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J Nerv Ment Dis. 1985 Aug;173(8):488-94.

The late-onset psychoses. Clinical and diagnostic features.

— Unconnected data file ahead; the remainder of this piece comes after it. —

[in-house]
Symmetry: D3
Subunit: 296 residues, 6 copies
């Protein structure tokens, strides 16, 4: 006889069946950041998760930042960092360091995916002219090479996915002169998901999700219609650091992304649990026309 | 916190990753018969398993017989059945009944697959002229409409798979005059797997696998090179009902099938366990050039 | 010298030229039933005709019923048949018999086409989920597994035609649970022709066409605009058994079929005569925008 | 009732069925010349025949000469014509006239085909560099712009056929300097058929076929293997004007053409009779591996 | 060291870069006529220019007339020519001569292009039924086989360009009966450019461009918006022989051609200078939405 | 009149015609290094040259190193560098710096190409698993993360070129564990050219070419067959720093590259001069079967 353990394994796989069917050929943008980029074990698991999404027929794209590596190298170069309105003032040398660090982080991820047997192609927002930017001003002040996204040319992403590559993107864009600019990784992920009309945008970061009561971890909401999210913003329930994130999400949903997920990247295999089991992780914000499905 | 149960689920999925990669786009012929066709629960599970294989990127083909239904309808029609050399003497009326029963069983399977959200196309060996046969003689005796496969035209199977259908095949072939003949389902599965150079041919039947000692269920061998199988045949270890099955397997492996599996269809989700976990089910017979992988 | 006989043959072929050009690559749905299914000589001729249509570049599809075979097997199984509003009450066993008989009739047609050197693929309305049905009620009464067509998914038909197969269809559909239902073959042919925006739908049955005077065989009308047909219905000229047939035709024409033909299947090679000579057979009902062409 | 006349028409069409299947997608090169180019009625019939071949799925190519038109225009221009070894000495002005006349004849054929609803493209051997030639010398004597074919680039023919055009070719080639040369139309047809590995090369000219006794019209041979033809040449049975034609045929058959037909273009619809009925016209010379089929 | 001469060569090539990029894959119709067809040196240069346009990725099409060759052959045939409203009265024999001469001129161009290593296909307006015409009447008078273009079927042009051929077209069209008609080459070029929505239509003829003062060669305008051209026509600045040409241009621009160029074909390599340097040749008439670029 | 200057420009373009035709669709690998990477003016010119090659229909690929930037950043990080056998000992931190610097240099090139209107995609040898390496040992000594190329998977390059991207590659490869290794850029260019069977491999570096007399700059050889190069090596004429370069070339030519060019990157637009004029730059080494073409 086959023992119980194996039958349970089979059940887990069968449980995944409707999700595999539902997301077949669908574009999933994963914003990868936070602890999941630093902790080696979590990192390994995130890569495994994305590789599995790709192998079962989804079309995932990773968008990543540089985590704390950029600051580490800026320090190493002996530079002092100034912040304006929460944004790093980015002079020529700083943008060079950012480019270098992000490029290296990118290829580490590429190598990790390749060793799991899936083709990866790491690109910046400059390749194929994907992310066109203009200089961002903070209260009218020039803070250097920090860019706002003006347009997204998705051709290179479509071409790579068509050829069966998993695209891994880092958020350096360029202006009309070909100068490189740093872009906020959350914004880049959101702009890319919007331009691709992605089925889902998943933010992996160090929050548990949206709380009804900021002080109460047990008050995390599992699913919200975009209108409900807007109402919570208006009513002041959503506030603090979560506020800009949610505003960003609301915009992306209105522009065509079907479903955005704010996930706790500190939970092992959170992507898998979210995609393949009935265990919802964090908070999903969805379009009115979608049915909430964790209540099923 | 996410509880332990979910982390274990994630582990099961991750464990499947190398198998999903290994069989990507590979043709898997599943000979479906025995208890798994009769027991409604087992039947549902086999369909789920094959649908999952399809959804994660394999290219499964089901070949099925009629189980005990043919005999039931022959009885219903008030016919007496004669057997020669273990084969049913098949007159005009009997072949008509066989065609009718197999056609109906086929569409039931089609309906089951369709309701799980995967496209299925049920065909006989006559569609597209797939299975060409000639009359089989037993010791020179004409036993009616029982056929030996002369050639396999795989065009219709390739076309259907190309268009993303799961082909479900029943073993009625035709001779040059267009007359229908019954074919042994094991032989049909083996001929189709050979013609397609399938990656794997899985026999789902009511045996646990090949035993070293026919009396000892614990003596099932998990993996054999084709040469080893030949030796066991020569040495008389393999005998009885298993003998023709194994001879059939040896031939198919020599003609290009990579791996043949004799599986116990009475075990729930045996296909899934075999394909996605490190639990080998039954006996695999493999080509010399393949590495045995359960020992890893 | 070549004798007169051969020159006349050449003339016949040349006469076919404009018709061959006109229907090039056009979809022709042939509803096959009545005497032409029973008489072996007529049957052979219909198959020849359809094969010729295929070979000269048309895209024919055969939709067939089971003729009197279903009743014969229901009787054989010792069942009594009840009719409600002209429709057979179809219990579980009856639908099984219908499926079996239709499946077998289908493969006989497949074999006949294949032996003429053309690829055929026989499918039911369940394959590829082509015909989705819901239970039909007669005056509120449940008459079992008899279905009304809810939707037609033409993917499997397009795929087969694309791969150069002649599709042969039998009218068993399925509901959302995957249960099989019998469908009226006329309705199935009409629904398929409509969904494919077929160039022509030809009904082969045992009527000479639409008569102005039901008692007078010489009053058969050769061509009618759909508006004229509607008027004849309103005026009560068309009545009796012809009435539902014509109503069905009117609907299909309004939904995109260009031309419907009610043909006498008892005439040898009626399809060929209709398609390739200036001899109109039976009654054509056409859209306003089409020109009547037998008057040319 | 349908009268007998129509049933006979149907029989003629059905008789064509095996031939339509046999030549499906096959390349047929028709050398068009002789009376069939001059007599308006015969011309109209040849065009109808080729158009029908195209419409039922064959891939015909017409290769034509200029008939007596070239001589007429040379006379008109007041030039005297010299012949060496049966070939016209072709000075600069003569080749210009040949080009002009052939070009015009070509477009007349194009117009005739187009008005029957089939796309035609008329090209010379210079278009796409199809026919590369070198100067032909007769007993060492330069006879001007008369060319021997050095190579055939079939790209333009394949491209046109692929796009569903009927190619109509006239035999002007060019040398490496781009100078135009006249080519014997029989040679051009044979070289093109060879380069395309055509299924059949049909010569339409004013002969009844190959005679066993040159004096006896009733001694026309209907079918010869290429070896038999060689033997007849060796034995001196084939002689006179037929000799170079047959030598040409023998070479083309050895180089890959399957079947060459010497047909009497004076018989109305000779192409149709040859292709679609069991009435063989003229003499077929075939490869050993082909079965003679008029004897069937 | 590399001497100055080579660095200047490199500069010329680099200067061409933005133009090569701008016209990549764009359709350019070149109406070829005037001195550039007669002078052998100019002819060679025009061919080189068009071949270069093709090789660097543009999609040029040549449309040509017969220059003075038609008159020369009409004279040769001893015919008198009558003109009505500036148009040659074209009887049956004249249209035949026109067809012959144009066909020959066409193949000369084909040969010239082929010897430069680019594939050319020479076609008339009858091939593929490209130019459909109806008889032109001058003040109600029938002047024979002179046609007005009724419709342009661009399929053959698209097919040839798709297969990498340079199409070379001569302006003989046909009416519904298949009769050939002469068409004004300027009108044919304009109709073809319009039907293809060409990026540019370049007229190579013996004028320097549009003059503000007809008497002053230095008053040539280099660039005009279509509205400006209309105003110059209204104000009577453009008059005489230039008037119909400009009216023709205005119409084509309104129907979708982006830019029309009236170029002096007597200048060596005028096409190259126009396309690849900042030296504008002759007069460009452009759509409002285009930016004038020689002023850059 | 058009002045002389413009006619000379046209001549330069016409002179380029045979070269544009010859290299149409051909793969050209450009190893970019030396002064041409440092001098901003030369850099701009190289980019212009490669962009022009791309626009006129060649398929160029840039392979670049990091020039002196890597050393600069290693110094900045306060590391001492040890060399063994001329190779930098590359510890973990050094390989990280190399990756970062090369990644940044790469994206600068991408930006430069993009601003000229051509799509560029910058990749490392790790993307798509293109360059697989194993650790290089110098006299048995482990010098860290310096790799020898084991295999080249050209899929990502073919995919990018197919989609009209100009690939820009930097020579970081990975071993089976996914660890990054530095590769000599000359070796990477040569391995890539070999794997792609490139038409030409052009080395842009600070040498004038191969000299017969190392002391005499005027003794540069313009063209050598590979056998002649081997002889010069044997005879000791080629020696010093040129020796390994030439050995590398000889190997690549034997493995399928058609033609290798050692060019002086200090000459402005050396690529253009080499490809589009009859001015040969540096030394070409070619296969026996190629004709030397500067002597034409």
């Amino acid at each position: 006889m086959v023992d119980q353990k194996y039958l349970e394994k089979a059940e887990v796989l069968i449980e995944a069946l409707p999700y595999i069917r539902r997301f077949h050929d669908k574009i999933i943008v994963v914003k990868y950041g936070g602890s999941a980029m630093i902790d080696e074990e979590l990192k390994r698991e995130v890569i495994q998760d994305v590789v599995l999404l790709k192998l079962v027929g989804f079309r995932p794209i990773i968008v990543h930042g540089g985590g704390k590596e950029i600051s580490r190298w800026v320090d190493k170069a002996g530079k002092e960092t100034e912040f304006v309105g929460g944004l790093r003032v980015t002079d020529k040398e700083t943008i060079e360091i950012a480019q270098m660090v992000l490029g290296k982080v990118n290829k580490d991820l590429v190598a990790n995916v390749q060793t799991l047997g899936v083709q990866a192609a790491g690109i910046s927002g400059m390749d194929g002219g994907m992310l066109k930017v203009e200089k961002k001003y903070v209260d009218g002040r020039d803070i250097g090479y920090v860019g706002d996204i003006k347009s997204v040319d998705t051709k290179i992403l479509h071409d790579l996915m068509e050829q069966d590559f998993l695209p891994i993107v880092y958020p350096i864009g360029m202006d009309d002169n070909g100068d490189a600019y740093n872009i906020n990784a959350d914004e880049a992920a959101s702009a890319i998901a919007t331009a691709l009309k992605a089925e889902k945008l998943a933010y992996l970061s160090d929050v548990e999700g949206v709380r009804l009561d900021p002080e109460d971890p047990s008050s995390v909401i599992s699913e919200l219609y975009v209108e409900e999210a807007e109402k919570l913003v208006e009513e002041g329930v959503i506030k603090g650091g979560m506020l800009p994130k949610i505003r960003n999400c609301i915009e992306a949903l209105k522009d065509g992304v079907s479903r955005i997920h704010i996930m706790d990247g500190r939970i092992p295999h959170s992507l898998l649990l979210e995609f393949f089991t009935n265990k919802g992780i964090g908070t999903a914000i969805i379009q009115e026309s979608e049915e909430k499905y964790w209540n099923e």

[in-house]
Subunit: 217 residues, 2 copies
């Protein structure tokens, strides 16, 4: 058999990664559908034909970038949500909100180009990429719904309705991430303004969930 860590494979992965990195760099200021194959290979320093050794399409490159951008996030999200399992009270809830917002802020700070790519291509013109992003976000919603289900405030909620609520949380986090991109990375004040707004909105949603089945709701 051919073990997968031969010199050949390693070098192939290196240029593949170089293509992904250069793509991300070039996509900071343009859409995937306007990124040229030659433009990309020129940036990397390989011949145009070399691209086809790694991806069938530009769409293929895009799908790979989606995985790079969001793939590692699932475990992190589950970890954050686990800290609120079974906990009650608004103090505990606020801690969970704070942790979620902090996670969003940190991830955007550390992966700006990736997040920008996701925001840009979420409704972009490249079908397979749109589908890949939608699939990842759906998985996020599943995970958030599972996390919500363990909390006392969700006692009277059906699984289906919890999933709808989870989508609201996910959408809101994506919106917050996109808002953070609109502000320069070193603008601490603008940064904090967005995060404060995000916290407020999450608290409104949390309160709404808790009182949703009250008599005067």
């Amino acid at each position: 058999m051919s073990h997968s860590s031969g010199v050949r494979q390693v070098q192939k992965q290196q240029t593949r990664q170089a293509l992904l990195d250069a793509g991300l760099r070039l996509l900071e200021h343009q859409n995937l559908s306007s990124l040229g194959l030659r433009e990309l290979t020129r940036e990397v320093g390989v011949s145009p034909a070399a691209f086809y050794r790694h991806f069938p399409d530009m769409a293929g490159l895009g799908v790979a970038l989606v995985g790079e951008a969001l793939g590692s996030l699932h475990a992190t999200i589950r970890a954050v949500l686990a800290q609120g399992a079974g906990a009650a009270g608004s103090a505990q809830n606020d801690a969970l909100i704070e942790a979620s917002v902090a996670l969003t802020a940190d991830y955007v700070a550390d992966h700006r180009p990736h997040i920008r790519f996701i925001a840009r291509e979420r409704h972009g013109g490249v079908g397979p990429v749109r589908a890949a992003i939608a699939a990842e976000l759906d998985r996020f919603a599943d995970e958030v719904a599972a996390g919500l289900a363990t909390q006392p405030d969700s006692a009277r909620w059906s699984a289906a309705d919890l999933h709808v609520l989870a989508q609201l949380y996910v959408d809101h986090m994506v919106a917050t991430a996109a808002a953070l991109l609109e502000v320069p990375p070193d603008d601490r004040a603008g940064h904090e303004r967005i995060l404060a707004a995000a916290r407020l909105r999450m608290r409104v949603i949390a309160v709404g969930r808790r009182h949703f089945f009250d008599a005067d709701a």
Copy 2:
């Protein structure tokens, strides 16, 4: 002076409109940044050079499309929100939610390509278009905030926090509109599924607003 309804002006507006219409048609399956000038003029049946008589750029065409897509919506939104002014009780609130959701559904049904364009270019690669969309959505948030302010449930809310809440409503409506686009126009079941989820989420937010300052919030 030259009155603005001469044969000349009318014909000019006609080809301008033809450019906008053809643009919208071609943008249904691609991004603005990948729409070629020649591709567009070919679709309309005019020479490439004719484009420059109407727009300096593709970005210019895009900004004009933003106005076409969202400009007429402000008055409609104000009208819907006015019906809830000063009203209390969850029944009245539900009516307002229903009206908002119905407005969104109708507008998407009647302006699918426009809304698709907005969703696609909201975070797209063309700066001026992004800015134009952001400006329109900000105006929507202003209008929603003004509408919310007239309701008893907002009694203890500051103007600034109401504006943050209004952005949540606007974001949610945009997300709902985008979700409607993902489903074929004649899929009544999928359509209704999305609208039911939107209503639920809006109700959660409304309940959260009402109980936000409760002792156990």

Psychoses of late onset are poorly understood due to a limited number of inconsistent studies. The authors conducted this study to determine the clinical characteristics of a clearly defined group of patients with onset of psychosis after age 65 years and to test the usefulness of DSM-III criteria in diagnosing the condition of these patients. Late-onset psychosis occurred in 8% of the patients admitted to the geropsychiatry unit during the study period. More than three quarters of these patients suffered from either an organic mental disorder or major affective disorder, the remainder having primary psychotic disorder. The diagnoses of the psychotic patients were much less reliable than those of a comparable group of nonpsychotic patients, with more than 5 times as many patients in the psychosis group changing diagnostic categories between the time of their admission and their discharge. DSM-III diagnostic criteria were not well suited for the categorization of many of these patients. For patients with primary psychotic disorder, the criteria artificially subdivided groups of similar patients. For patients with organic mental disorder, the criteria did not provide sufficient guidance for the diagnosis of psychosis in the presence of dementia. All three groups of patients responded to somatic therapies. A subgroup of patients with affective disorder improved without neuroleptic treatment, and several patients with primary psychotic disorder benefited from antidepressant treatment. These results highlight the difficulty inherent in the treatment of patients with late-onset psychosis. Further research is needed to develop adequate diagnostic criteria and to determine which patients will benefit from neuroleptic and/or antidepressant therapy.

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